When I first went to St Marks Broomhill Sheffield as vicar, in 1988, there had been a big Billy Graham Rally in Sheffield ( I think at Bramhall Lane football round) the previous year. I was surprised to learn that a number of folk from the congregation had attended and enthused about the evening. Surprised because St Marks was very much in the liberal tradition of the Church of England at that time and was far from the kind of Christian community which demanded some kind of wholesale affirmation of belief from its congregation, nothing more than a tacit acceptance of the creed said quietly at the communion service.

But I did come to understand Graham’s appeal. In any congregation, I guess, there are those who are bolstered by an enthusiasm and a call to commitment. So often in Anglican worship at least there is a sense of order and routine, of erudite sermons and inspiring music of the kind to be found in classical concerts. A polite refusal to be over showy in the emotional stakes. No arm raising here! kind of worship. For some people that will never be totally satisfying.

I enjoy supporting my football team and like millions of others who go to sporting competitions we know the power of communal singing, chants., clapping, a sense of being on the same side against the opposition…..I think Billy Graham and so many evangelists of this type understand the appeal of mass meetings, the call to come and make a stand, to be unashamed of going public.

What I think this tells me about progressive Christianity is that our message too, must have a sense of enthusiasm, of commitment but not to some doctrine of being ‘saved’, plucked out of a life of sin, renouncing the past. No,  PCN should be calling people to think again certainly about what it means to follow the path of Jesus, to be enthusiastic for the things about which Jesus was passionate - compassion, justice, self giving and inclusive love. Alongside our questioning, our cerebral approaches to faith, our embracing of doubt and critical thought, there must be a central challenge of being a Christian in todays world, a challenge to be enthusiastic about building the kingdom of God on earth nd working with others, religious or not, to make this world more like the world which Jesus also strove too see come about.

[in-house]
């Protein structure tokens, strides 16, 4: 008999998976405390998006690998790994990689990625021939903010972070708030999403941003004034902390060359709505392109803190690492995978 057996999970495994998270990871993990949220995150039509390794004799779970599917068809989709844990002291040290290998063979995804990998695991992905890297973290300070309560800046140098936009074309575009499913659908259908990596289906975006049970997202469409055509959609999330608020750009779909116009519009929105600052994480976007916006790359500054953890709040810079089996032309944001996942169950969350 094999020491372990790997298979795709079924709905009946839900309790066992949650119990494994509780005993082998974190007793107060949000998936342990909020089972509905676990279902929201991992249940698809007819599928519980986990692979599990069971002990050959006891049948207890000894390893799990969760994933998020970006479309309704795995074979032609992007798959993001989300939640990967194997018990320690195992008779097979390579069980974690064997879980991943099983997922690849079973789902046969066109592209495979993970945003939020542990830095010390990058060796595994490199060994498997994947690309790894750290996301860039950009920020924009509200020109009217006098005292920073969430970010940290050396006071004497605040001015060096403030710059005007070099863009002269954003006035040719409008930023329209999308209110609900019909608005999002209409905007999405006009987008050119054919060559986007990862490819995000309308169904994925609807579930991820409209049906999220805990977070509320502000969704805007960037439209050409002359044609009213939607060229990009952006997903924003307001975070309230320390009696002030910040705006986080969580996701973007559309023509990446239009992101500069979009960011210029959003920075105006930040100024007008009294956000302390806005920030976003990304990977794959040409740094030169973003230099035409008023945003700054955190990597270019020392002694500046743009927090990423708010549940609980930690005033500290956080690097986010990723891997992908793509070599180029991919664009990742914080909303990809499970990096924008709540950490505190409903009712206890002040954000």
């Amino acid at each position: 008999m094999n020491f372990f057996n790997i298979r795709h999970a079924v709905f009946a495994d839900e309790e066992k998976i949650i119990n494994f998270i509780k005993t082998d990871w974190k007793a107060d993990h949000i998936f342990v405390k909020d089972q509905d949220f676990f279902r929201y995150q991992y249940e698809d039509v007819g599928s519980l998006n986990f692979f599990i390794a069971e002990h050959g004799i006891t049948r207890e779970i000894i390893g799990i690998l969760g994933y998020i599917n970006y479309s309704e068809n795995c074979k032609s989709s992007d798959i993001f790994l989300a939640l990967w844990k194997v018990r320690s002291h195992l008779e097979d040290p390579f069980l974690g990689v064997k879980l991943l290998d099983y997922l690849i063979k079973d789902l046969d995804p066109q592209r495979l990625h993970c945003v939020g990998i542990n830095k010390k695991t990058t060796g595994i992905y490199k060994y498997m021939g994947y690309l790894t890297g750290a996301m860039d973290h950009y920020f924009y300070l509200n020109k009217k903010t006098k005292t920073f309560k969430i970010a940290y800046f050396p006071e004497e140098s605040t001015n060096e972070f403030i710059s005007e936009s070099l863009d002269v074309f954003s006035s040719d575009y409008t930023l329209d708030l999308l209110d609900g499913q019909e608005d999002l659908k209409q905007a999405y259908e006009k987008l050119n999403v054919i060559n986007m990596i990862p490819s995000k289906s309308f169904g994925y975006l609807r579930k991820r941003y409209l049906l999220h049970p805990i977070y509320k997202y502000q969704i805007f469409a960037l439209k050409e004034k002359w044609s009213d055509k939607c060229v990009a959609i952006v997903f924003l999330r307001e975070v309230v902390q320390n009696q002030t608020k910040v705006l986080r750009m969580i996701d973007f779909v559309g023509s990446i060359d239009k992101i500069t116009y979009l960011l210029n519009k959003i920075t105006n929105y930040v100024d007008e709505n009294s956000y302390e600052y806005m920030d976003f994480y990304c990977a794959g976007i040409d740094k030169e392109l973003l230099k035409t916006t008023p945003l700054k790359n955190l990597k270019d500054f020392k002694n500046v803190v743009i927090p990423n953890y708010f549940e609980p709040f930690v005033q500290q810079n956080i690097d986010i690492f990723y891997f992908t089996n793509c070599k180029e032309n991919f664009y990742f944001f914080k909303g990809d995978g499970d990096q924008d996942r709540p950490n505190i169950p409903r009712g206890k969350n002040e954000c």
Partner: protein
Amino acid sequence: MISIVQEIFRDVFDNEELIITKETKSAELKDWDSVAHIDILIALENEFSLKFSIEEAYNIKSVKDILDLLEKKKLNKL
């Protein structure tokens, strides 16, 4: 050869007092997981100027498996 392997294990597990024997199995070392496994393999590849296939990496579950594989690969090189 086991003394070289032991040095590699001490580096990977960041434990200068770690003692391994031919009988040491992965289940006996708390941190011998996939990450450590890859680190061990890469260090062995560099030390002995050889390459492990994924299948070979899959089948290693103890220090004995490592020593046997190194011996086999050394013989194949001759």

So we can be thankful for the way in which Billy Graham showed us the power of enthusiastic commitment.

(Adrian Alker is the chair of PCN Britain - ed)

2 On 01/03/2018 Peter Harding wrote:

Thank you, Adrian, for a perhaps more measured reflection on Billy Graham. As a young man, I was a counsellor at his Manchester Crusades in the 1960s, and I was brought up very much in a conservative evangelical environment which saw Billy Graham as something of a celebrity hero. I think it’s fair to say that his style of mass crusade was of the time when there was an exponential growth in a particularly enthusiastic form of evangelicalism. As a progressive evangelical today, with a more “liberal” (I do hate labels!) perspective, I do still value my experience of being brought up in the way I was, and there is no doubt that many people have been brought to faith as a result of hearing Billy Graham. It may not be the kind of evangelical faith that you and I have today, but surely it’s good to be in a relationship with God, even if their approach is more conservative than ours.
As far as Billy Graham’s views on LBGT issues go, many people - myself included - were brought up with very strong anti-gay theologies and we’ve had to come on a long and at times quite painful journey to change. Doctrinal truths become deeply embedded in our psyche and, even now, I still hear those voices in my head wondering if those views of my parents and early church experience might just have been right. Change is a painful and challenging journey and for some, it may be impossible.